Granpidam: A generic to Sildenafil (Revatio)
Last Updated on September 21, 2016 by Joseph Gut – thasso
September 22, 2016 – The pharmacologically active compound known as sildenafil is largely used to treat erectile dysfunction (on the market for this indication under the trade name Viagra) and pulmonary arterial hypertension (on the market for this indication under the trade name Revatio) in the United
States (US), the European Union (EU), and many other countries worldwide. Sildenafil, a potent and selective inhibitor of cyclic guanosine monophosphate (cGMP) specific phosphodiesterase type 5 (PDE5) increases cGMP within pulmonary vascular smooth muscle cells resulting in relaxation. In patients with pulmonary arterial hypertension this can lead to vasodilation of the pulmonary vascular bed and, to a lesser degree, vasodilatation in the systemic circulation.
On 15 September 2016, the Committee for Medicinal Products for Human Use (CHMP) adopted a positive opinion, recommending the granting of a marketing authorisation for the medicinal product Granpidam, intended for the treatment of pulmonary arterial hypertension. As such, Granpidam is considered a generic of Revatio, which has been authorised in the EU since 2005. The indications for Granpidam are in adults the “treatment of adult patients with pulmonary arterial hypertension classified as WHO functional class II and III, to improve exercise capacity, and in the paediatric population the “treatment of paediatric patients aged 1 year to 17 years old with pulmonary arterial hypertension”. Efficacy has been shown in primary pulmonary hypertension and pulmonary hypertension associated with connective tissue disease, and in terms of improvement of exercise capacity or pulmonary haemodynamics has been shown in primary pulmonary hypertension and pulmonary hypertension associated with congenital heart disease.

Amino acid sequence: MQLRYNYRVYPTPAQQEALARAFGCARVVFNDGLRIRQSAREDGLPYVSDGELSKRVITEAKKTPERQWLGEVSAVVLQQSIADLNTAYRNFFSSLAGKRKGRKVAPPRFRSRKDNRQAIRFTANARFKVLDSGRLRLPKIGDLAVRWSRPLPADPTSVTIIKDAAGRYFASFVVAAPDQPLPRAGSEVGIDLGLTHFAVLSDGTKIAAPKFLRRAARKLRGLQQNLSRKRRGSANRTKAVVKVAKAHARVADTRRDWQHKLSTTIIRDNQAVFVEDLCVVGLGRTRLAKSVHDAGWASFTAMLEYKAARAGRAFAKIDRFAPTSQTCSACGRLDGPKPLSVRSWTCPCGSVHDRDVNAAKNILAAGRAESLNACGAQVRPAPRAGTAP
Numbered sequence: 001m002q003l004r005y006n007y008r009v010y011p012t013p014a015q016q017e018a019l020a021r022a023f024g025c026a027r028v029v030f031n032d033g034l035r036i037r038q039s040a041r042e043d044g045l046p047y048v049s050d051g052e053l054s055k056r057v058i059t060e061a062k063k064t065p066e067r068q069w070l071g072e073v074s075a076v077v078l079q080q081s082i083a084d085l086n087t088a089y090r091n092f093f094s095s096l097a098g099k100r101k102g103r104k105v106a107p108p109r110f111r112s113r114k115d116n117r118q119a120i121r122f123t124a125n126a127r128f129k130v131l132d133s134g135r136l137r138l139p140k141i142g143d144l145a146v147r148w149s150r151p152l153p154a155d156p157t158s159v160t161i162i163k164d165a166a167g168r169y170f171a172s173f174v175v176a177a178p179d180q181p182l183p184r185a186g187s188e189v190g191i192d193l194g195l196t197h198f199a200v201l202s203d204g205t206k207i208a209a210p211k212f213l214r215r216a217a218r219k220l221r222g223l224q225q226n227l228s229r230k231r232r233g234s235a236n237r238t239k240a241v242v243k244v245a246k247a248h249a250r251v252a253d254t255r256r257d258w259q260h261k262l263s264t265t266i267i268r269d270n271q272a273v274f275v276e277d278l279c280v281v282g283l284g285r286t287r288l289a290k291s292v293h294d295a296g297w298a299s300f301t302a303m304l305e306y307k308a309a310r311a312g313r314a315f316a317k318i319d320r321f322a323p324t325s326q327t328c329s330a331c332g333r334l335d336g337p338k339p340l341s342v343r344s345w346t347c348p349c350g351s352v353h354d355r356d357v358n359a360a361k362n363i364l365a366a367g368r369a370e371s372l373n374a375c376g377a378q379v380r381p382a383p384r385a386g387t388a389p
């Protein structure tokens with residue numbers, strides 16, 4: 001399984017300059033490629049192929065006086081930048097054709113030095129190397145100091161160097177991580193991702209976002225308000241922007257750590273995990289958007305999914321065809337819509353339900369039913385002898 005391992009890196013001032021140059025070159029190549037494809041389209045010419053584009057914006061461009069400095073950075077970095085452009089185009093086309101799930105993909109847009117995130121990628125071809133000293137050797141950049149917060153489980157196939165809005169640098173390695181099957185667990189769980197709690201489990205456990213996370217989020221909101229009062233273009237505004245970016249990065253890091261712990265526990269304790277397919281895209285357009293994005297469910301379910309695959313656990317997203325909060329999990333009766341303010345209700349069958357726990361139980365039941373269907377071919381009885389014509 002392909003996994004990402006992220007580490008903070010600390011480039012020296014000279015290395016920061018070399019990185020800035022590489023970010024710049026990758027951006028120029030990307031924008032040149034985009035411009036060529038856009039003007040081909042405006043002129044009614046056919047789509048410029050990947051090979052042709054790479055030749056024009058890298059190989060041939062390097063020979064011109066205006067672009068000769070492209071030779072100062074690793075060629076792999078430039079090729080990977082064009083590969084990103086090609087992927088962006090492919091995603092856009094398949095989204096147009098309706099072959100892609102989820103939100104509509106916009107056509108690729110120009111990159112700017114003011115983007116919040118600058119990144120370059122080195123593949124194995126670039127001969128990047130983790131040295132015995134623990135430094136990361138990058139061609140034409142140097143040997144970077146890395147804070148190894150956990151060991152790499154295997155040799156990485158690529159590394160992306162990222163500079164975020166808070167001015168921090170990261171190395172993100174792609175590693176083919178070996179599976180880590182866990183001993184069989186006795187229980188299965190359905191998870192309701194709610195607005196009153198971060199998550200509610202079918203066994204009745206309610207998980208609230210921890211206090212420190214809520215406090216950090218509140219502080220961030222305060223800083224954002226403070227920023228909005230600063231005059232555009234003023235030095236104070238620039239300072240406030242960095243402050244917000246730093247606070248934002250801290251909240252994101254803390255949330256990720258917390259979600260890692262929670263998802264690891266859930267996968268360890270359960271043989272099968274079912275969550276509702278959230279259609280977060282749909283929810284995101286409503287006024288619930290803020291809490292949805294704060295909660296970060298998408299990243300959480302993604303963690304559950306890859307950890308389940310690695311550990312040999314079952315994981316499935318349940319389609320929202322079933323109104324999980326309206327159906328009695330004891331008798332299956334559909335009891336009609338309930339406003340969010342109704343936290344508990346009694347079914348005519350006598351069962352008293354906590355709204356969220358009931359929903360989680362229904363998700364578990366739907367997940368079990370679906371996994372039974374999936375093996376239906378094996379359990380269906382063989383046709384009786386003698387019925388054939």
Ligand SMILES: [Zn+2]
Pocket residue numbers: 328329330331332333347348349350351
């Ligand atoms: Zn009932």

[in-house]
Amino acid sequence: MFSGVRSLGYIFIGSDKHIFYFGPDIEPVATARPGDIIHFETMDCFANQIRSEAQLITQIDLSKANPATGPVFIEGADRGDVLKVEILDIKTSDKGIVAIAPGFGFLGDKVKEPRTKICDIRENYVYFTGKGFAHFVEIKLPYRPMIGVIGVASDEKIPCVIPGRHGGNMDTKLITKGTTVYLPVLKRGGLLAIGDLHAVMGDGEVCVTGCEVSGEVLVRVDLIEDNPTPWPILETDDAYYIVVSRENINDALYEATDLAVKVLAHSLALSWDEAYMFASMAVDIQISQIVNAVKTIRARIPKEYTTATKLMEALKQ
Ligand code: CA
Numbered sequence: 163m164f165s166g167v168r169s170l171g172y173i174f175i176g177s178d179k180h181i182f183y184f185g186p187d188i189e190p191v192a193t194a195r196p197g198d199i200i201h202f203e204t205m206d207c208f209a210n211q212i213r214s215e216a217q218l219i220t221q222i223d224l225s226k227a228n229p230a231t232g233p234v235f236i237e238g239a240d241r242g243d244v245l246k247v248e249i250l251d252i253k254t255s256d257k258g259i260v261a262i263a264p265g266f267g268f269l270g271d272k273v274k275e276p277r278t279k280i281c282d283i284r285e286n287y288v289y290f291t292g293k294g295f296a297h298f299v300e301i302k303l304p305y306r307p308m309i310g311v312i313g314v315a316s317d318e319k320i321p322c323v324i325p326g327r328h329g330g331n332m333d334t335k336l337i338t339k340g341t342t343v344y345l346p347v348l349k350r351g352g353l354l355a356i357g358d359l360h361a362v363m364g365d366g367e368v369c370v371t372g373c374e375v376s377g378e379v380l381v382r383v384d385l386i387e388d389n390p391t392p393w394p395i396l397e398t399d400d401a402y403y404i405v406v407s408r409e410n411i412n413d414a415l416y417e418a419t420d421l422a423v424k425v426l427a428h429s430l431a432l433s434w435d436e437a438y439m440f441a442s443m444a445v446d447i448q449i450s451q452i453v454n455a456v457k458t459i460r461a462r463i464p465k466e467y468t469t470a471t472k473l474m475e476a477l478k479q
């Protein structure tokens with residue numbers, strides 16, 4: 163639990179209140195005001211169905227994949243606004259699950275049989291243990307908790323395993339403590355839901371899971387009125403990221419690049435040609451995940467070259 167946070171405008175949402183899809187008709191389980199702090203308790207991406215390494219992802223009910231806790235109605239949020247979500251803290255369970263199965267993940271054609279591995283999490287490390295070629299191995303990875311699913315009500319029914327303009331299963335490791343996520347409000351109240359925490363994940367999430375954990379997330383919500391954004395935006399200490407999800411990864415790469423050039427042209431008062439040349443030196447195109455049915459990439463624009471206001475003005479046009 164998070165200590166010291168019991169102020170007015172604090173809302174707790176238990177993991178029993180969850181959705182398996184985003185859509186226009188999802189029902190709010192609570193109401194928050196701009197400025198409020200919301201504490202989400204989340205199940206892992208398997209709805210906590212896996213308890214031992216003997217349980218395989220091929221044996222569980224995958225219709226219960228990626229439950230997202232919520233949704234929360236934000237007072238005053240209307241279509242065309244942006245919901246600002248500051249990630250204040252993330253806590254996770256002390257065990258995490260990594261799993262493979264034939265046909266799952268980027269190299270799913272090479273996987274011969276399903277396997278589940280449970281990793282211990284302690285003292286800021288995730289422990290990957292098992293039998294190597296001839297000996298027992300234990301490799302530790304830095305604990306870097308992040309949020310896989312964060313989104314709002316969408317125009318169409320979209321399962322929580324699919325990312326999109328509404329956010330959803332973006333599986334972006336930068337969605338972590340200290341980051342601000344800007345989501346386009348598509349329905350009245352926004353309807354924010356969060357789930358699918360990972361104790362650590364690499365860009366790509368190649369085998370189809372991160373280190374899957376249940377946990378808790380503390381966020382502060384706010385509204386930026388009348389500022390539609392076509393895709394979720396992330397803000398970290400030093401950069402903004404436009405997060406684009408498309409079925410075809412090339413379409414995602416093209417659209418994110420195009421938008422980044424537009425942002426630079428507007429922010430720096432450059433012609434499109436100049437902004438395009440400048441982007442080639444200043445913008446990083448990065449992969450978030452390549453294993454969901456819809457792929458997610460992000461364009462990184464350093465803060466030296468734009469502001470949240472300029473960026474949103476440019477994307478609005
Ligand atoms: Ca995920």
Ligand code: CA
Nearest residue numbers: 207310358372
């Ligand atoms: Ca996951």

What is strange in this context is the fact that apparently the “bioequivalence” of Granpidam has been determined against the Viagra and its indication “erectile dysfunction” as the reference medication that has already been on the market for a long time, and of which all the behaviours of the medication in the population in the main indication should be known. Apparently here, for Granpidam, “bioequivalence” was not determined against its intended indication “primary pulmonary hypertension”, and Revatio as the reference medication. Strange in the light of the fact that the indication of Granpidam is also for paediatric patients aged 1 year to 17 years old with pulmonary arterial hypertension, where one would expect that erectile dysfunction would not play any role as a reference indication. One can only hope that the company has sound paediatric risk management plans (RMP) for paediatric patients in place and that previous or still valid paediatric investigation plans (PIP) are being adhered to.
You may also want have a look at the stance of the American Food & Drug Administration (FDA) on the use of Sildenafil (Revatio) in children. Thasso Post has an earlier report on this.
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